St. Louis Alt-Rock Band’s New Single Sexdad Is A Total Earworm | Music news and interviews | St. Louis | St. Louis News and Events

Click to enlarge Sexdad, alternative rock outfit from Saint-Louis.  - SEXDAD

Sexdad, alternative rock outfit from Saint-Louis.

When I first meet Adam Bautz, the frontman of alternative rock band sexdad, he rushes out of his band’s practice space wearing a sleeveless orange tank top and baggy sweats. If he looks like a man who’s spent too many hours holed up in a cramped room in front of a computer, that’s exactly what he did while mixing the band’s as-yet-untitled, date-stamped new album. uncertain output.

“I basically live here,” Bautz tells me as we climb the stairs from Utopia Studios to Shaw. The industrial-sized building was once a tobacco warehouse, and on the fourth floor the band has their practice space.

Bautz facilitates a series of quick introductions: Andy Lewis on lead guitar, Blake Hahn on bass and Jack Kohler on drums.

Each member has been or is currently in a number of groups. But, like a couple who’s planned a week-long trip together or just split the cost of a couch, they all seem certain that this group, sexdad, is “the one.”

They give me a rendition of “I Was a Teen Psycho”, an understated rocker that reminds me of Velvet Underground.

Then Kohler and Bautz exchange looks, and it’s clear to everyone in the room except me that the drummer is waiting for comment.

“It’s the only time they’ll take me seriously because there’s a spotter,” jokes Bautz, referring to my presence. He goes on to tell Kohler that he “gives a little too much rock n’ roll” to the song.

Kohler knows exactly what that means and seems to take it to heart. Later, the drummer references a secret language he feels like he shares with his bandmates when they really click, which is what they’ve been most often lately.

“I wouldn’t be in a group called sexdad if we didn’t have camaraderie,” Lewis says.

The ridiculousness of the group’s name seems to weigh a little on Bautz. The jokey name, for some, could undermine the band’s and Bautz’s serious intentions. Apparently, however, her mother is one of the biggest advocates for the name. So at least there is that.

“And people remember that,” he says.

Click to enlarge Singer Adam Bautz peeks into the audience during the sexdad show at the Heavy Anchor.  -JESSICA ROGEN

Jessica Rogen

Singer Adam Bautz peeks into the audience during the sexdad show at the Heavy Anchor.

Among their many influences, sexdad cites Sun Volt, Wilco and Big Star. The last of which Bautz refers to as “inspiration in the field of not making money”.

A few songs later in what has become a private concert, they play “Congratulations”. During the verses, Lewis plays a noodly lead guitar that turns out to be a sleight of hand as the band hits the tight, staccato chorus that sounds from an entirely different decade than Young. But then, just as quickly, they return to Young for the verse. The different sounds freeze together nicely though and to my surprise, especially as this group of 20-somethings talk about who they want to sound like they’ve concocted a style of their own.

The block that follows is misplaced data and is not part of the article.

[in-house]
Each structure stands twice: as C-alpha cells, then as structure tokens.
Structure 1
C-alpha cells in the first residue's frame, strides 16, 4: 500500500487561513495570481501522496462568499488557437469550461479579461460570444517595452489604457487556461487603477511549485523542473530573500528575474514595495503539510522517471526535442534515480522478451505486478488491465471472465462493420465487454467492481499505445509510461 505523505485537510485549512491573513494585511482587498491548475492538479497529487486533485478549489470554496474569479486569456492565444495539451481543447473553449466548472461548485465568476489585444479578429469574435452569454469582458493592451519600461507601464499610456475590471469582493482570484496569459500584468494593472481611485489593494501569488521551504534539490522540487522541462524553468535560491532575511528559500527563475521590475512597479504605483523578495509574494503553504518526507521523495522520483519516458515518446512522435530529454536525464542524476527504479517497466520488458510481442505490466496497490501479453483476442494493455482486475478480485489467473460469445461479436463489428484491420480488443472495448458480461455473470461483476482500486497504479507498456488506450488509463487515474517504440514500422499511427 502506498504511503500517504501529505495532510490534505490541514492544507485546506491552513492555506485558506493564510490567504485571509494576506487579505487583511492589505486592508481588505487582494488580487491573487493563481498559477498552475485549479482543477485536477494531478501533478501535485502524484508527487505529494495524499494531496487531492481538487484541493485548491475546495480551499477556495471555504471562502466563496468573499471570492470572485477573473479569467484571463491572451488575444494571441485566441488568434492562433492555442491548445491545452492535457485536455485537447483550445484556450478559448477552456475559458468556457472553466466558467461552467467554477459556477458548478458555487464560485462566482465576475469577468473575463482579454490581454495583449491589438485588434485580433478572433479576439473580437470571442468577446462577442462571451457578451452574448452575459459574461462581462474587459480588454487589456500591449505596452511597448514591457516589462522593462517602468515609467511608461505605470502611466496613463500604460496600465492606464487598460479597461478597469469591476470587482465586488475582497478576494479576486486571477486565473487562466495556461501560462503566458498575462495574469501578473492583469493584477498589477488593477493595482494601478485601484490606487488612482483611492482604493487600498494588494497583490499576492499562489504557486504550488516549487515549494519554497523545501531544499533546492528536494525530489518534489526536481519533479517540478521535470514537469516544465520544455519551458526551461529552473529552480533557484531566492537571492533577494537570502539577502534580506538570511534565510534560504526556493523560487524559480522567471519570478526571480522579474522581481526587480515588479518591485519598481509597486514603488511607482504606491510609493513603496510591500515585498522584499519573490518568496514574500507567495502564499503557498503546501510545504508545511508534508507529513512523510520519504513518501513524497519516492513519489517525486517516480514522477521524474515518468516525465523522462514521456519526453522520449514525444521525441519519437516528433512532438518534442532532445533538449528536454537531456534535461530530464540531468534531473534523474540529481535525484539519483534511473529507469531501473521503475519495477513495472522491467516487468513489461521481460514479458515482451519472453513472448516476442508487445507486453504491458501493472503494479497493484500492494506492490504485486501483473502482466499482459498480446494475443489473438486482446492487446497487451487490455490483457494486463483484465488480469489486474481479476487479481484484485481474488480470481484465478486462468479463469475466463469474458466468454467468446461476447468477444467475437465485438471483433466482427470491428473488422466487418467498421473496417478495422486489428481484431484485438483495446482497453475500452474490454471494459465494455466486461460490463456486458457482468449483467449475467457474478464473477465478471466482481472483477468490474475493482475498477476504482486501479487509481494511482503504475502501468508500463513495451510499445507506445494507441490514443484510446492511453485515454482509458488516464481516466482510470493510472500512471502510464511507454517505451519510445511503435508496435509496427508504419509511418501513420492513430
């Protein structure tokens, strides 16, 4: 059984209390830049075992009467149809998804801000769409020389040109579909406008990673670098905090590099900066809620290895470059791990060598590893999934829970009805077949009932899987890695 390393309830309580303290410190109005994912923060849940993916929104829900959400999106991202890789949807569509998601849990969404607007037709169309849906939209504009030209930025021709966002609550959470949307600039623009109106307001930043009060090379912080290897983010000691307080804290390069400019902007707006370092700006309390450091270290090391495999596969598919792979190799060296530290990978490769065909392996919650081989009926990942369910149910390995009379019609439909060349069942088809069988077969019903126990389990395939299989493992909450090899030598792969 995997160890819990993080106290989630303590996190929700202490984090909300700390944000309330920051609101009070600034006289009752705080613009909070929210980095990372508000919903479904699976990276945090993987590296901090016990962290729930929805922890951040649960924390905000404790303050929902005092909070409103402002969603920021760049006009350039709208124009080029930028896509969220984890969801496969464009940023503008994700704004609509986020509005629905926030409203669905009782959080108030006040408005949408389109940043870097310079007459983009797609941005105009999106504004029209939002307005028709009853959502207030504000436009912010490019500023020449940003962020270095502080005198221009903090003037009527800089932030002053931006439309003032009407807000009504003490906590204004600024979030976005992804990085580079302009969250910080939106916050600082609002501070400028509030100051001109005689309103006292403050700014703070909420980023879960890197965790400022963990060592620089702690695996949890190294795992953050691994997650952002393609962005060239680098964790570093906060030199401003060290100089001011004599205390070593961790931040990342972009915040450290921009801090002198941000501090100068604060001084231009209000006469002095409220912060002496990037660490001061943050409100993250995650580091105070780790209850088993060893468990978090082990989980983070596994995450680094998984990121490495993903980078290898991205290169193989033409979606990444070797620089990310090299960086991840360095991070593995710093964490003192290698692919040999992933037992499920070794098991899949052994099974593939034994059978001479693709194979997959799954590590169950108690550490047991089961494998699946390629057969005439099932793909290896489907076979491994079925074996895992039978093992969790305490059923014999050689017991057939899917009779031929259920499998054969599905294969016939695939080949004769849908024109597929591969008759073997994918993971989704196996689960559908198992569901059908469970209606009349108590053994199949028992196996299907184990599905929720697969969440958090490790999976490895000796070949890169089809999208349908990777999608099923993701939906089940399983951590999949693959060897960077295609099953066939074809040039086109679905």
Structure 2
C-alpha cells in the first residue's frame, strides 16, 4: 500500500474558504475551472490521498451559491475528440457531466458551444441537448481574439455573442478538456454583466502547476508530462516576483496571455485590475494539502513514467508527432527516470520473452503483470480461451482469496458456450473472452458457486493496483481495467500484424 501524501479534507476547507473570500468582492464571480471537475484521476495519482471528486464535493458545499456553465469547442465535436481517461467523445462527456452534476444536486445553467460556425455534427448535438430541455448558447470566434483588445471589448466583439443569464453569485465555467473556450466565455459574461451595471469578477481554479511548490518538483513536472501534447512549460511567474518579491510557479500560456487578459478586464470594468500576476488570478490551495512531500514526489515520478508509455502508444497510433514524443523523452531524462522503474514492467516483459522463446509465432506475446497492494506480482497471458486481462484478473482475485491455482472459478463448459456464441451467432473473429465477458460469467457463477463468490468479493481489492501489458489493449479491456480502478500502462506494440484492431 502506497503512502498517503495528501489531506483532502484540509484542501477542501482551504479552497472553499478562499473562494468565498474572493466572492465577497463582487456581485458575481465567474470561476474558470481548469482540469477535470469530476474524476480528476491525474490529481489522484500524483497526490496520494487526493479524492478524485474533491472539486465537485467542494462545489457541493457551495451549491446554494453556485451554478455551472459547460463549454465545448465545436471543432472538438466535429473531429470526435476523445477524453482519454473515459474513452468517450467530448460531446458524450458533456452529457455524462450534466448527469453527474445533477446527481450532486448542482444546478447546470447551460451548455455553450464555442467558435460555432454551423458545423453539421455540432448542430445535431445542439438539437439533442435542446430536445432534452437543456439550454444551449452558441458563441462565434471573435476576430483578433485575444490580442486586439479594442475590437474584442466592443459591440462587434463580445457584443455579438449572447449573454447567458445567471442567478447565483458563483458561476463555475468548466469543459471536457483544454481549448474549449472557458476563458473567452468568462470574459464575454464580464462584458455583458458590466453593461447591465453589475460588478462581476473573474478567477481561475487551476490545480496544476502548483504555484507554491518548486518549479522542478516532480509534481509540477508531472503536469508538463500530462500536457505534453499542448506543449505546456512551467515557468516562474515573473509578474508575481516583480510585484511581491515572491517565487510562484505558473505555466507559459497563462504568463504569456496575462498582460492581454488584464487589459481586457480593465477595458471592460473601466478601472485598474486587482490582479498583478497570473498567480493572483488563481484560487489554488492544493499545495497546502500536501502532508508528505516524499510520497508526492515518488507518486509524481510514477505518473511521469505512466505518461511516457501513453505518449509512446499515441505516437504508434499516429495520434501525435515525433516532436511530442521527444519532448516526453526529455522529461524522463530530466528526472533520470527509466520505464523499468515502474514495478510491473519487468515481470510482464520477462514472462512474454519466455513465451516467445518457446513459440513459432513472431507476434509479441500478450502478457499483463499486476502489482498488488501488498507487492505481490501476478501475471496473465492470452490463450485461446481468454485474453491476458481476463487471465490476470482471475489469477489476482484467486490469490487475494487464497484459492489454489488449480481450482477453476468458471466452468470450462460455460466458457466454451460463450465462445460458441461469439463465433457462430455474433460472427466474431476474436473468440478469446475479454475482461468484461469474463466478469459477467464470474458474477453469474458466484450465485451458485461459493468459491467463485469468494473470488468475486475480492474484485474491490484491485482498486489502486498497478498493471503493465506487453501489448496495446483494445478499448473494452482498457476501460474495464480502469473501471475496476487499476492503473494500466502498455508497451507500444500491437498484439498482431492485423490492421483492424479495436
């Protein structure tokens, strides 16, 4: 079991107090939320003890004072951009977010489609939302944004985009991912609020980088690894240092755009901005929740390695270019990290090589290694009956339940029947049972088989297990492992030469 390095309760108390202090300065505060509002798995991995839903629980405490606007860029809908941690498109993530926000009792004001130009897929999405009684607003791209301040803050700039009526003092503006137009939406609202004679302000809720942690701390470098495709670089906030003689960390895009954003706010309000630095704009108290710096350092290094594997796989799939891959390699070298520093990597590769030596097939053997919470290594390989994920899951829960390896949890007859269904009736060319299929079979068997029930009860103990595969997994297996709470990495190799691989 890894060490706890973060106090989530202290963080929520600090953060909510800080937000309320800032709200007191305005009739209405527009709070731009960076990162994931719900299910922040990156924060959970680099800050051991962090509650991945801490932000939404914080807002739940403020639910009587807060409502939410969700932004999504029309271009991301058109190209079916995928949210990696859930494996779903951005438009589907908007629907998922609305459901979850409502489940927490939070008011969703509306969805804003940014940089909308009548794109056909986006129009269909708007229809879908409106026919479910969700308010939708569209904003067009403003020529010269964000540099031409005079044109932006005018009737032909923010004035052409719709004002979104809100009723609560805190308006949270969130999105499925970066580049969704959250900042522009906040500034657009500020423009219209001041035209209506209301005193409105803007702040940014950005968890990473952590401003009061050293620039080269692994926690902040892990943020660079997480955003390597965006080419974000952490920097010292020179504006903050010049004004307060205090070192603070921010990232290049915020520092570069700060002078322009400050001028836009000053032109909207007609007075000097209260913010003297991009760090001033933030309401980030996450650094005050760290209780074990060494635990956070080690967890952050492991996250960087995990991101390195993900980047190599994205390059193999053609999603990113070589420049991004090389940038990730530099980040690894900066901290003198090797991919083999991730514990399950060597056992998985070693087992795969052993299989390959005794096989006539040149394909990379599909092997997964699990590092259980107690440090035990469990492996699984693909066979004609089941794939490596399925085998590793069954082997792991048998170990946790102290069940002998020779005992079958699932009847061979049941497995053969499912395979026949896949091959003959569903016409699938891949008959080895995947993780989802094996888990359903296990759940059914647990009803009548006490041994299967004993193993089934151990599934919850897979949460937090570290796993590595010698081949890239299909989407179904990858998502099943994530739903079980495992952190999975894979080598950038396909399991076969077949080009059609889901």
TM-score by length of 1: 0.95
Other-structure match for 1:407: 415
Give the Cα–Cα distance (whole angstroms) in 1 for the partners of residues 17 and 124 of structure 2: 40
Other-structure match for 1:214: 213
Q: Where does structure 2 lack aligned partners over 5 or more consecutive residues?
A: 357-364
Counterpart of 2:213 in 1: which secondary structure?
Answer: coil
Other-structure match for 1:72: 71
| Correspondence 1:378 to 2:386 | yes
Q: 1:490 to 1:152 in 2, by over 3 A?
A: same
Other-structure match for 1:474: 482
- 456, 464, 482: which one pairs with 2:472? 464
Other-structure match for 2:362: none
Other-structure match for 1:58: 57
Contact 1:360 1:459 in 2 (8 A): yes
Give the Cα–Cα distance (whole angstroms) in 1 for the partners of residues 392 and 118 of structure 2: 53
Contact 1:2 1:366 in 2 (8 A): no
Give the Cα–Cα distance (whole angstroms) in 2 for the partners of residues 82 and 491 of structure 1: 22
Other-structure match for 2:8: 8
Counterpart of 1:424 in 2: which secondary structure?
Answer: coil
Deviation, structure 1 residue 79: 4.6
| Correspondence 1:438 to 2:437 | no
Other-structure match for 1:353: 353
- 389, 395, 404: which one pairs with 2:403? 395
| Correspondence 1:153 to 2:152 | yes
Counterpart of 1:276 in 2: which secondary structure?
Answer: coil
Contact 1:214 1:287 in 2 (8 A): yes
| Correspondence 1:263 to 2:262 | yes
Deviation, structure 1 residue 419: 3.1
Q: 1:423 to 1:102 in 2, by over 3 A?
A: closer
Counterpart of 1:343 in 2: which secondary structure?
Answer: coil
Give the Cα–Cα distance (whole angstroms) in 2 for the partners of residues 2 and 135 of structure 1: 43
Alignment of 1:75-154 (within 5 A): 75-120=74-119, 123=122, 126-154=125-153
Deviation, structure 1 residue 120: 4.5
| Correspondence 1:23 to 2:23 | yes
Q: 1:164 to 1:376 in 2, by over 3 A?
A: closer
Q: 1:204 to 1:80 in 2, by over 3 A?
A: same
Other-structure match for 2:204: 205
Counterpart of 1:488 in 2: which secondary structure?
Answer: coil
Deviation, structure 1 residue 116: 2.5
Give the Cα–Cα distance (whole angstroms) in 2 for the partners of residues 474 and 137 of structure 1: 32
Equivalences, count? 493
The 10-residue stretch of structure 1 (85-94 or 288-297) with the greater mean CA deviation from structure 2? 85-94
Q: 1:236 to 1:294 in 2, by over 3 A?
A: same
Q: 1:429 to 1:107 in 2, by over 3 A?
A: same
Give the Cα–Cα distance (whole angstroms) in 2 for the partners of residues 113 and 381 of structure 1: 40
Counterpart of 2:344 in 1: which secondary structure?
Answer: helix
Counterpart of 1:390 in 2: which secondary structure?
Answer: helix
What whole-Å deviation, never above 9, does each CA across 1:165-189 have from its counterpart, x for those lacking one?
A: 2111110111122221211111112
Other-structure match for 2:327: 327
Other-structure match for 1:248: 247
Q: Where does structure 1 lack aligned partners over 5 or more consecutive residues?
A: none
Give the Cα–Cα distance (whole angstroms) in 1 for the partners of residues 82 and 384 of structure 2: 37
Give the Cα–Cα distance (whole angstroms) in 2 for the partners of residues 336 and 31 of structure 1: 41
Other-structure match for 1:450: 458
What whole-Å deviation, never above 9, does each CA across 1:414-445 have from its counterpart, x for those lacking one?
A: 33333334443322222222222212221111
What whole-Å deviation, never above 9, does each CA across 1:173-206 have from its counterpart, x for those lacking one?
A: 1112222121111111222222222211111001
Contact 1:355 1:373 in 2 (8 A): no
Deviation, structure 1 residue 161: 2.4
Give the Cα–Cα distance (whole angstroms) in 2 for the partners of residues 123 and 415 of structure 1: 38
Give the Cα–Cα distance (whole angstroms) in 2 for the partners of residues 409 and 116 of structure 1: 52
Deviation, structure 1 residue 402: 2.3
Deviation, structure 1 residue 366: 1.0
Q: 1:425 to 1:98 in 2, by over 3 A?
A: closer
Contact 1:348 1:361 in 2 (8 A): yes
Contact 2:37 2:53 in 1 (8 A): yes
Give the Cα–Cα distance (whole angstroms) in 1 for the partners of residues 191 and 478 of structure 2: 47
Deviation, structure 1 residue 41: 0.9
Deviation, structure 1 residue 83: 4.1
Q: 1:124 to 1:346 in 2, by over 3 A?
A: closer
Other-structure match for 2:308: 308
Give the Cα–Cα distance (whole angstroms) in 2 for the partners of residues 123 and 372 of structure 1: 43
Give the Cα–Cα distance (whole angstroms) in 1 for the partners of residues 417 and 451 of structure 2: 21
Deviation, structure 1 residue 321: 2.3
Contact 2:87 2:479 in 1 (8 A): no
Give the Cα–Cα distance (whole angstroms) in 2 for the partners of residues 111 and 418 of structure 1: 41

As if reading my mind, Bautz said a few minutes later: “The last record, it was me who decided that I didn’t mind copying other people’s styles entirely. Song of the Stones.’ And then really, I don’t know if these songs are very similar to my songs in fact. Which is exciting. “

Before moving their operation to Utopia, sexdad practiced in the basement of Bautz’s mother’s building. But, as Lewis says, “Unfortunately, the upstairs neighbors weren’t Adam’s mother.”

As Bautz recounts, “We were recording a song for the record, and I think it must have been really annoying because the same single instrument was playing the same thing over and over. Then we hear this noise of stomp followed by ‘Shut. The. Fuck Up!'”

Later, my sense that the band created their own sound is doubly confirmed when Bautz plays me a recording of “A New Dawn in St. Louis”, which, by the name, sounds cheesy as hell but is a total ear Earthworm.

The song begins with a few ambient keys and a soft, groovy bass. The guitar steps in for the anti-anthem chorus as Bautz sings, “It’s a new dawn in St. Louis. No!” On the heels of the vocals is a viola and what Bautz says is a poorly played clavichord and faux French horn.

The tune is lo-fi but really catchy. Imagine a song that would play over a public service announcement broadcast by the St. Louis tourist office. Now imagine if the tourist board asked Handsome Boy Modeling School and Guided by Voices to co-compose the track.

I ask Bautz if they’ll be playing “New Dawn in St. Louis” at their gig the following week at the Heavy Anchor.

He says I will just have to wait and see.

Over the next week, I listen to the track several times a day. There’s a tendency with earworms that what originally made the song special can start to squeal with too many repeated listens, which doesn’t happen with this track. “New Dawn in St. Louis” is the perfect mix of weird and catchy that’s hard to pull off.

The following week, sexdad prepares to play a show at the Heavy Anchor to a cheering crowd of around 30 young people. Before they go on stage, I ask Bautz if they are going to play “New Dawn”.

“Did you bring your viola?” he asks.

I reached into my pocket and, finding neither the viola nor the know-how to play one, shrugged my shoulders in response.

“So I’m afraid it won’t be tonight.”

The show still rocks.

Sexdad’s new untitled album is forthcoming. You can find their catalog on Spotify, Apple Music, and most other streaming platforms.

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